Discussion in 'Bicycle Mechanics and Repairs' started by mikeloveshisrockhopper, 8 Jan 2017.
Don't wanna know what you get up to in your spare time !!
I wear figure-hugging outfits and a silly hat and frolic in the countryside with other similarly attired men.
... and women.
that hammer in the last photo should do the trick
I'm not talking about first editions of the works of Chaucer, or the like - old paperbacks from the local charity shop!
I now have a concrete building block to use. I found it in the cellar of my rental property and normally use it as a step when getting on and off the bike on my new turbo trainer. I overbalanced when trying to dismount the first time that I used the tt, not having allowed for the fact that the bike is held nearly 2 inches off the ground.
I wish it were so, but the Sunday club ride is usually a conspicuously female-free zone. We're a very traditional club in that respect. Unfortunately.
As they say in the shipyards of Glasow, that be the Monday (maun dae) Hammer -
That's a shame. Exeter Wheelers have managed to develop a good women's racing scene through the intervention of a couple of women who weren't going to be put off... but all this is entirely off-topic.
Carpet in the shed, well I never!
A small gas camping stove provided enough heat to shift some stuck pedals. A decent pedal spanner can be borrowed from a fellow cycling club member.
Heat until hot, try with pedal spanner. If no worky, repeat. If no worky, repeat again. Etc.
As an aside, I've found that every single piece of cheap kit has eventually been replaced with a proper, expensive, decent item for the toolkit. Including the cheap pedal spanner. YMMV.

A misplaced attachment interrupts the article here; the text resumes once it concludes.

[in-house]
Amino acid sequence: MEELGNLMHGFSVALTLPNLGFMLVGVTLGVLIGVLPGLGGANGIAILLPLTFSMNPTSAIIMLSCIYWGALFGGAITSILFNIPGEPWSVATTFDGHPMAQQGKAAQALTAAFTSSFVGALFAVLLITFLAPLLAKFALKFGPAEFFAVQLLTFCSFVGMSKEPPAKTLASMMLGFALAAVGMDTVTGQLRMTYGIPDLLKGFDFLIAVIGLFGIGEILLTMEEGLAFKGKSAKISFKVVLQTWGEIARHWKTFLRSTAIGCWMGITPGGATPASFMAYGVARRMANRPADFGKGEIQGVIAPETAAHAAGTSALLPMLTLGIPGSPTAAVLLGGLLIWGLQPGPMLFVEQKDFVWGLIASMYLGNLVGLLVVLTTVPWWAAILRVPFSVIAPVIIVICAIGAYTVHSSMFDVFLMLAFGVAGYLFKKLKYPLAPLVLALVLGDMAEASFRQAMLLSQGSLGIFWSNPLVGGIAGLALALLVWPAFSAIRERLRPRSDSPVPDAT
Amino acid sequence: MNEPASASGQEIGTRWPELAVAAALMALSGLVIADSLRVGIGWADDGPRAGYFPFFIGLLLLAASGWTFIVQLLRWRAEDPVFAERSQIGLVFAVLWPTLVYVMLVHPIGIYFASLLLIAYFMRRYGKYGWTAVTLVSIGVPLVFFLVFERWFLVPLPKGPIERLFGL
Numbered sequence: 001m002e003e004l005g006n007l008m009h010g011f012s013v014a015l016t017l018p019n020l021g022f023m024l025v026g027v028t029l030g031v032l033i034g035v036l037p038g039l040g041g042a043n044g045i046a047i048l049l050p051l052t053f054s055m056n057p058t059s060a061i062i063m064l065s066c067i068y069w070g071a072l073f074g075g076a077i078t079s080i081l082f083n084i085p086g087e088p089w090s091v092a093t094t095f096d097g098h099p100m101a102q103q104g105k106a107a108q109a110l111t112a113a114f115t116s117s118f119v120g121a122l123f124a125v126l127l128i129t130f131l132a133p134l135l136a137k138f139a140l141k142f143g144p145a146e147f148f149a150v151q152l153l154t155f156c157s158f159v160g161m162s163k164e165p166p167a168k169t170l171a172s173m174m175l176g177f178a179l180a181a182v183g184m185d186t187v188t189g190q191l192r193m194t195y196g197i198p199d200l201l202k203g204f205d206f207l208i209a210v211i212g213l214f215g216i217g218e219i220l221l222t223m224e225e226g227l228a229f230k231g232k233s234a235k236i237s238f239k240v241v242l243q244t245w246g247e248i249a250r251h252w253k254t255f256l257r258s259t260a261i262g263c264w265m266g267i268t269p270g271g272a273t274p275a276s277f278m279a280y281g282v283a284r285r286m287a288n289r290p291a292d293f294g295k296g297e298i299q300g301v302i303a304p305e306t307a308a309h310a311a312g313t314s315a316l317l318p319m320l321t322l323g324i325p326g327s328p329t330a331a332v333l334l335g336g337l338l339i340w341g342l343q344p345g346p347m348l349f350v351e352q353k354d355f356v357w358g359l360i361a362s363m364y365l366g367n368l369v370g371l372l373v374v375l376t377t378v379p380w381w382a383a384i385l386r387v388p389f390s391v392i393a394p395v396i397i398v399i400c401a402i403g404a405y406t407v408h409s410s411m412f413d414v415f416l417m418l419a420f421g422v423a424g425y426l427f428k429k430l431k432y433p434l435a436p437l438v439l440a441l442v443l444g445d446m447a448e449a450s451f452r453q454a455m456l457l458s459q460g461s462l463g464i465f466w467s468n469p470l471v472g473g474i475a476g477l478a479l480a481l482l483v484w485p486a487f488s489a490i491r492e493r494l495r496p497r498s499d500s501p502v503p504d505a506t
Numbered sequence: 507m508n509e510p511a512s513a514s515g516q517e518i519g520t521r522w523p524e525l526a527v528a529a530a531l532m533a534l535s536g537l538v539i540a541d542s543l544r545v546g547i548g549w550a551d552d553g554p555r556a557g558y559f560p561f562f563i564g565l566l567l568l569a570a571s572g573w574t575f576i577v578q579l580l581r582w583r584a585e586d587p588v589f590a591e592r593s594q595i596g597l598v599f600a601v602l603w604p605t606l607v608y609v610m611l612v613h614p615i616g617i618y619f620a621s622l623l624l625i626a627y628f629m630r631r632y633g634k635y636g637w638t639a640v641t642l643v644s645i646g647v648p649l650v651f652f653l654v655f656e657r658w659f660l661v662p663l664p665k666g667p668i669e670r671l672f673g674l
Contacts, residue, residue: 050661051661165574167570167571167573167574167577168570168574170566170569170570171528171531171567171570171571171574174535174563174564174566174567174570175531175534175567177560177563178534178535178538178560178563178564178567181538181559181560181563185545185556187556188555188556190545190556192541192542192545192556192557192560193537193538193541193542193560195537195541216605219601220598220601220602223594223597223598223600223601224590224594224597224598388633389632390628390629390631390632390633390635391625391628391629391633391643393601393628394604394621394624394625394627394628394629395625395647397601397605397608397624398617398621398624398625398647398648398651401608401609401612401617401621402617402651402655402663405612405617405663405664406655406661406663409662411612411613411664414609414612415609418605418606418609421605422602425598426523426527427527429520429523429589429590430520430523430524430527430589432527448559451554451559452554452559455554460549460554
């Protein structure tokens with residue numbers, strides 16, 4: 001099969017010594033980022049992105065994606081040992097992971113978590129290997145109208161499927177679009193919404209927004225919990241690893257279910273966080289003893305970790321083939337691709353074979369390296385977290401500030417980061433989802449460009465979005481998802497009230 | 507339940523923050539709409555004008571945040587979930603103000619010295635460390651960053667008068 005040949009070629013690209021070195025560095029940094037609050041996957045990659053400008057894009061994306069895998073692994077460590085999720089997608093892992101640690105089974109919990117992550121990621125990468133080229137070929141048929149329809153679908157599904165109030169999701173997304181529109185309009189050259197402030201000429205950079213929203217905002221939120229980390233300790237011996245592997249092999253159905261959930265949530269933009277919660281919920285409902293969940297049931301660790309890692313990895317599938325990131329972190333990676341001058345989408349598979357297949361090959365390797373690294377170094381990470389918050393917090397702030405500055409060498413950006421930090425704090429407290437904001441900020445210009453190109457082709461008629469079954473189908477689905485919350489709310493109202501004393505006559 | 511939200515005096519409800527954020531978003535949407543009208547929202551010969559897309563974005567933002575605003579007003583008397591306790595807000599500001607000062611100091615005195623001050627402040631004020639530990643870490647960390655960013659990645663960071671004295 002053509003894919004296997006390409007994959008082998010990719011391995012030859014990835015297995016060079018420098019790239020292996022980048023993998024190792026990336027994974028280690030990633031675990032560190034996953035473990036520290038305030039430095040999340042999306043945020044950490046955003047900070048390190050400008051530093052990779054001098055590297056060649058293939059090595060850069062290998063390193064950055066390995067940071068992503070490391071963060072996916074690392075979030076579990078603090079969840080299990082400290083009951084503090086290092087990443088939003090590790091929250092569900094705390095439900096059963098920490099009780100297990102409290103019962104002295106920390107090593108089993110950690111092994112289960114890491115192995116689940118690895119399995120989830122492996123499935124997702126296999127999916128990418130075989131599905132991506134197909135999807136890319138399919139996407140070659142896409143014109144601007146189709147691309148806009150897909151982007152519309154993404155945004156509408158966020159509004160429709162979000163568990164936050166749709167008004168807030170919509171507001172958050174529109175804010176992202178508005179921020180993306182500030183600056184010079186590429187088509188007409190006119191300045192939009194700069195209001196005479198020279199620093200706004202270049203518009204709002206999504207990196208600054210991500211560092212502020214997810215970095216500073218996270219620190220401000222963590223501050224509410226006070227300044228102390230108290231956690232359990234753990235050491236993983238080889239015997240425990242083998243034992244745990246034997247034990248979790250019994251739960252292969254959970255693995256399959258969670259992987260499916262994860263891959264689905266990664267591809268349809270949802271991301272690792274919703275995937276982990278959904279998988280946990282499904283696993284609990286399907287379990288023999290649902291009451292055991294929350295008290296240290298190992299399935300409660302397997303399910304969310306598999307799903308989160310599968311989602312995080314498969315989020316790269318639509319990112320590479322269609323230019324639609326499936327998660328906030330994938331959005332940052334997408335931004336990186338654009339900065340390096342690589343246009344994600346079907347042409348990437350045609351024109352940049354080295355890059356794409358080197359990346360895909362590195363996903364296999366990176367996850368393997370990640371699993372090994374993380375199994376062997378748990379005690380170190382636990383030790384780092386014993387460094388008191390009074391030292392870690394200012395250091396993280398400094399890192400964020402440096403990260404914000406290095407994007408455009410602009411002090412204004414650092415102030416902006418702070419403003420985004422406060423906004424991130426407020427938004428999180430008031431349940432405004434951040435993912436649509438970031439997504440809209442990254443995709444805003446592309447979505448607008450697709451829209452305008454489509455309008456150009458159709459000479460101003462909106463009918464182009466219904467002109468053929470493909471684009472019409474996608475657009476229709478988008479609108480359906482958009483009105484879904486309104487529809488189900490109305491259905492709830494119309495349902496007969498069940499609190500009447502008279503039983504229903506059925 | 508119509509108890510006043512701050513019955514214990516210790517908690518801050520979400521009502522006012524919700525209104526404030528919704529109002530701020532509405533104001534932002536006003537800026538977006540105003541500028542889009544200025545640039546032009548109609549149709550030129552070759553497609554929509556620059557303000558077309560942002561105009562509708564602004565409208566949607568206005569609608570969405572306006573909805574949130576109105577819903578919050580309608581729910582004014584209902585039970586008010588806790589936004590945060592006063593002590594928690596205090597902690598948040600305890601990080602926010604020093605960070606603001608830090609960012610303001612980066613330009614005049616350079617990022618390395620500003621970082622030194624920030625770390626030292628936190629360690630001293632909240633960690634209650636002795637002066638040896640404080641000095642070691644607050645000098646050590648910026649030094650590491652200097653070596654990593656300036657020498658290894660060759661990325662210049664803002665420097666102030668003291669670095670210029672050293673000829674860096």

I favour squeezing the spanner and crank like nutcrackers (and making sure I don't pinch my hand in them) if possible.
No, it's a phenomenon (doo-do-de-do-doo).
Reasons not to buy...
Next you'll be telling us you don't have a percussive maintainer among your shed tools!
Yeah, they don't last forever, but there's some perfectly workable ones to get you started until you have more idea what a decent expensive one looks like, as there's a few shockingly bad expensive tools out there...
I think my description of 'standing' on the pedal spanner was a bit misleading. I don't actually support my body weight on it, I use the superior strength of my leg backed up by my body weight to carefully apply whatever force is required to undo the pedal. So far, that has never required more than a hard push with my foot.
No, I think that "standing on" covered it!
The same process with spanner and pipe can be more easily, (IMHO) using allen key and an old pair of handlebars. There is more chance of a cyclist having spare handlebars than a lump of steel tube big enough to slip over a spanner. While we are on the subject, why are they referred to as a pair of handlebars, or a pair of pants. You don't refer to a bra as a pair, why should call pants or handlebars a pair. Answers on a post card please.
Well you could not call them a pear could you.
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